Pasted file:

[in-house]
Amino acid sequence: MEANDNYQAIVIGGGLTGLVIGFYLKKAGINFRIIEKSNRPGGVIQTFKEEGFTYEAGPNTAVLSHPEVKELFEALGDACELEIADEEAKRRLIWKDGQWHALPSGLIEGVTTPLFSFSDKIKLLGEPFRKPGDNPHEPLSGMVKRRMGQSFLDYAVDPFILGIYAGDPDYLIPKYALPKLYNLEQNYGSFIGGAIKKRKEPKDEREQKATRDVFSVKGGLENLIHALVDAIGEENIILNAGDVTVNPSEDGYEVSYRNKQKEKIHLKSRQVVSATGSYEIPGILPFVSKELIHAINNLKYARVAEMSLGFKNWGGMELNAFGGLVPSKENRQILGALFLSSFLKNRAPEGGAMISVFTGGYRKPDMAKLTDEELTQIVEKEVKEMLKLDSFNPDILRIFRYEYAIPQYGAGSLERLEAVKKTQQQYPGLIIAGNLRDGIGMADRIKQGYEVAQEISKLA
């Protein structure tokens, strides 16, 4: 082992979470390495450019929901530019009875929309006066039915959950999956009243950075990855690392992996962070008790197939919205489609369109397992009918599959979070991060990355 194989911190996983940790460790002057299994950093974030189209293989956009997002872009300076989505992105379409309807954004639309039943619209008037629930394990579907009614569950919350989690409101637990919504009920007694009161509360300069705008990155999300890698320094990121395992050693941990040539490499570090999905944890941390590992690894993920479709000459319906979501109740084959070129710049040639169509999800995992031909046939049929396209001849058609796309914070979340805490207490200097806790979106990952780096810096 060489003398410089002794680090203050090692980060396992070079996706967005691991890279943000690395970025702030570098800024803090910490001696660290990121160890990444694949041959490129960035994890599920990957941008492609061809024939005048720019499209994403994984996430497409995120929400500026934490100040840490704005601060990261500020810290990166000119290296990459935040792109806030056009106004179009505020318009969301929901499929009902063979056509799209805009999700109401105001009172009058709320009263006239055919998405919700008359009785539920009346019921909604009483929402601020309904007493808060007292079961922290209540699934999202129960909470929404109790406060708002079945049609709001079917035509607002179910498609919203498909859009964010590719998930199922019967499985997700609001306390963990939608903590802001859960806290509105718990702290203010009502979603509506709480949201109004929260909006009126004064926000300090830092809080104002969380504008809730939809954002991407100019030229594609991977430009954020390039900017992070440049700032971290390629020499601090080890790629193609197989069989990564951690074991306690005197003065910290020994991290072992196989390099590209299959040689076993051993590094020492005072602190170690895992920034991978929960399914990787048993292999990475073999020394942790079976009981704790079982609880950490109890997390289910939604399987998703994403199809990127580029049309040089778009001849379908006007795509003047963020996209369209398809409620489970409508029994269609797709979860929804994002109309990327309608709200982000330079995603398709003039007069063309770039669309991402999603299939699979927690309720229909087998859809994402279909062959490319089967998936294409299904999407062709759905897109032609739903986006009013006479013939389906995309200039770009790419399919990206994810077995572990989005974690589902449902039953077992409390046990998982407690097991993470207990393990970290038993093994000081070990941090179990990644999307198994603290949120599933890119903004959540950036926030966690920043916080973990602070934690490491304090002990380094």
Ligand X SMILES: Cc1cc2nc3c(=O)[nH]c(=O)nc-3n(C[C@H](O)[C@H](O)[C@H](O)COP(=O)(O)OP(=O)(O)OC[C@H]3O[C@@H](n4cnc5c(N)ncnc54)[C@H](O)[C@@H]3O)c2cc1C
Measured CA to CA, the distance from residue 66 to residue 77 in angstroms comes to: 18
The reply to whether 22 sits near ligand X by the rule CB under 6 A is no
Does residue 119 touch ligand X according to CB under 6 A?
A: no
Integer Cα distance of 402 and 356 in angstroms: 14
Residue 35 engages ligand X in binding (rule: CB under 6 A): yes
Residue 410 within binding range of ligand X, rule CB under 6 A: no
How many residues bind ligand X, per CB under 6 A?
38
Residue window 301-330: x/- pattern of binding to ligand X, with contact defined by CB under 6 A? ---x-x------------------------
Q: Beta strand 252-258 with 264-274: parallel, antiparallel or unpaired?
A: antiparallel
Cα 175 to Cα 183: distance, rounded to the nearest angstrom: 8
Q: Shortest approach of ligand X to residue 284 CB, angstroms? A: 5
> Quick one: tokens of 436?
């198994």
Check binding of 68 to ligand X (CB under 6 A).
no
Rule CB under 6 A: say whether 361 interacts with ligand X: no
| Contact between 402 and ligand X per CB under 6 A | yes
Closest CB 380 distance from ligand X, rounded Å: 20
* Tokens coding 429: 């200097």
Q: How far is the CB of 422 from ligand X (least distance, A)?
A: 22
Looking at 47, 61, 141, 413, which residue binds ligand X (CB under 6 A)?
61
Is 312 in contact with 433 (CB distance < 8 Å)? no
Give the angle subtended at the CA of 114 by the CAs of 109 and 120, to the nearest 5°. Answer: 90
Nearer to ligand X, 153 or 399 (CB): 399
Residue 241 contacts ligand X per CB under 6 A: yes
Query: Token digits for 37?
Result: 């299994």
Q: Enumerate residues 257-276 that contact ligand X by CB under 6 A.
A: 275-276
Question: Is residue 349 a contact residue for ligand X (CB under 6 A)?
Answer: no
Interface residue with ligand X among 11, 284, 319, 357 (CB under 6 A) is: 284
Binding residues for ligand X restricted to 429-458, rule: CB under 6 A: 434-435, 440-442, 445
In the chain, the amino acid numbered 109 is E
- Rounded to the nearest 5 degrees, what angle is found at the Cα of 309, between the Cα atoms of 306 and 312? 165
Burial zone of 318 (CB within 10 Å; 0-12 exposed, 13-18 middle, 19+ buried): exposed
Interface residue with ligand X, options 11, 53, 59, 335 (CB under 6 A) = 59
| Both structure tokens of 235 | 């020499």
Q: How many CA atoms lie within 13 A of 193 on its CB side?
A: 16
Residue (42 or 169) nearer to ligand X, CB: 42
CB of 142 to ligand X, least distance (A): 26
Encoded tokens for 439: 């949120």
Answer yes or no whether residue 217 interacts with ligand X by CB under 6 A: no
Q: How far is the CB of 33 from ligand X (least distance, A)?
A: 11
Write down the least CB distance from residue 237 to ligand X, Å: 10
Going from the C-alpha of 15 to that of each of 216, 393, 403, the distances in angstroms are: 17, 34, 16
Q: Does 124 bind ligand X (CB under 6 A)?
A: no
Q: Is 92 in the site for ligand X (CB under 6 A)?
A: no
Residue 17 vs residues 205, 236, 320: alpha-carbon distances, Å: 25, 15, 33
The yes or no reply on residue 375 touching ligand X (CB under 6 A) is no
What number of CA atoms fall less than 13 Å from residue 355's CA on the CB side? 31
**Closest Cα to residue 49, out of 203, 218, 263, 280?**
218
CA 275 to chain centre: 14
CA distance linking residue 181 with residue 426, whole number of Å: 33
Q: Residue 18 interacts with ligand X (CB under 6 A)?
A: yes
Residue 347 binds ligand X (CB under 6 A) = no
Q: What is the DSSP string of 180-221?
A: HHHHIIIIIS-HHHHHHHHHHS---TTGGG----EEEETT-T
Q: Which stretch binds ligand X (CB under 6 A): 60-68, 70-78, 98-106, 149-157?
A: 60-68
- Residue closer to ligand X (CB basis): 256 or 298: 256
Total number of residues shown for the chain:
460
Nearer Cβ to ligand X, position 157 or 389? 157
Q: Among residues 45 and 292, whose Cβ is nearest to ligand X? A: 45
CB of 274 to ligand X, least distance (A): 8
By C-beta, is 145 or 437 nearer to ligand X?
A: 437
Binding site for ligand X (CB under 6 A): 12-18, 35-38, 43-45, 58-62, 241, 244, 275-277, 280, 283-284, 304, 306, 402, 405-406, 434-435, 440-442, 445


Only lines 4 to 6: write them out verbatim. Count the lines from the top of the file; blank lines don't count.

Ligand X SMILES: Cc1cc2nc3c(=O)[nH]c(=O)nc-3n(C[C@H](O)[C@H](O)[C@H](O)COP(=O)(O)OP(=O)(O)OC[C@H]3O[C@@H](n4cnc5c(N)ncnc54)[C@H](O)[C@@H]3O)c2cc1C
Measured CA to CA, the distance from residue 66 to residue 77 in angstroms comes to: 18
The reply to whether 22 sits near ligand X by the rule CB under 6 A is no